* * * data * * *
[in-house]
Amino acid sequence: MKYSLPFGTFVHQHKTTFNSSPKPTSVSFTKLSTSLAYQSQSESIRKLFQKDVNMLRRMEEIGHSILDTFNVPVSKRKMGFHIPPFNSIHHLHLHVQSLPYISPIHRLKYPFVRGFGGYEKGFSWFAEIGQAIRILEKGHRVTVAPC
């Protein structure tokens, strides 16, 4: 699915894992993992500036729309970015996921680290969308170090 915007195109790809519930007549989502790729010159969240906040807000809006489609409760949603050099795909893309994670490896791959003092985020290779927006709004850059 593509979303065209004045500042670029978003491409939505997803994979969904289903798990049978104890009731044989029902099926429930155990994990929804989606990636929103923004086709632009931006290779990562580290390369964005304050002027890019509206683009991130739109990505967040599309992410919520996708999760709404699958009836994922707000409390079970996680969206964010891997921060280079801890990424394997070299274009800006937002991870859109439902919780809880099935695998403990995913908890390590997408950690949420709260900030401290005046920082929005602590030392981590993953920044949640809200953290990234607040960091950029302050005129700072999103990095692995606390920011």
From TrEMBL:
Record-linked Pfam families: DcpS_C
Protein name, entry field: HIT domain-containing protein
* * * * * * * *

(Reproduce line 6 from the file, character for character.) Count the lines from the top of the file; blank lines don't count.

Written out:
Protein name, entry field: HIT domain-containing protein